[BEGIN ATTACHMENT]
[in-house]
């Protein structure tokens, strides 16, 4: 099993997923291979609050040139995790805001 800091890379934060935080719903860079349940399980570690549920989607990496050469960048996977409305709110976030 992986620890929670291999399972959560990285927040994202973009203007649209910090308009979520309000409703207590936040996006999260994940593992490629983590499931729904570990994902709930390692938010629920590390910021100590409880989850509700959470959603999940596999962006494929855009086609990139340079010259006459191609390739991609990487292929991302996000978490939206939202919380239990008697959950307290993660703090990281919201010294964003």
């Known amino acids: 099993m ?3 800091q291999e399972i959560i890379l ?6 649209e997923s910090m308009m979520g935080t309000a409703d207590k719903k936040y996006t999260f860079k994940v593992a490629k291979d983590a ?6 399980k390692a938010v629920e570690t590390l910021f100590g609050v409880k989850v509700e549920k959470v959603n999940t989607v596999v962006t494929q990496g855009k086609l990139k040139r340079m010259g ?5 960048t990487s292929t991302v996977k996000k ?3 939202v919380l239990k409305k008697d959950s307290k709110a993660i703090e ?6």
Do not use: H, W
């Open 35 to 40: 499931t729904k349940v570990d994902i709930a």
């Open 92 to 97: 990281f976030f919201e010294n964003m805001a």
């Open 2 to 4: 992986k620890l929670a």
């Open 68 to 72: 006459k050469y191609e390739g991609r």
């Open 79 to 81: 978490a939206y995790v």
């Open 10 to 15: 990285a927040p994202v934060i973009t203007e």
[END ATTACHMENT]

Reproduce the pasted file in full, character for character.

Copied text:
[in-house]
């Protein structure tokens, strides 16, 4: 099993997923291979609050040139995790805001 800091890379934060935080719903860079349940399980570690549920989607990496050469960048996977409305709110976030 992986620890929670291999399972959560990285927040994202973009203007649209910090308009979520309000409703207590936040996006999260994940593992490629983590499931729904570990994902709930390692938010629920590390910021100590409880989850509700959470959603999940596999962006494929855009086609990139340079010259006459191609390739991609990487292929991302996000978490939206939202919380239990008697959950307290993660703090990281919201010294964003």
């Known amino acids: 099993m ?3 800091q291999e399972i959560i890379l ?6 649209e997923s910090m308009m979520g935080t309000a409703d207590k719903k936040y996006t999260f860079k994940v593992a490629k291979d983590a ?6 399980k390692a938010v629920e570690t590390l910021f100590g609050v409880k989850v509700e549920k959470v959603n999940t989607v596999v962006t494929q990496g855009k086609l990139k040139r340079m010259g ?5 960048t990487s292929t991302v996977k996000k ?3 939202v919380l239990k409305k008697d959950s307290k709110a993660i703090e ?6």
Do not use: H, W
């Open 35 to 40: 499931t729904k349940v570990d994902i709930a």
């Open 92 to 97: 990281f976030f919201e010294n964003m805001a």
């Open 2 to 4: 992986k620890l929670a």
């Open 68 to 72: 006459k050469y191609e390739g991609r």
């Open 79 to 81: 978490a939206y995790v």
């Open 10 to 15: 990285a927040p994202v934060i973009t203007e």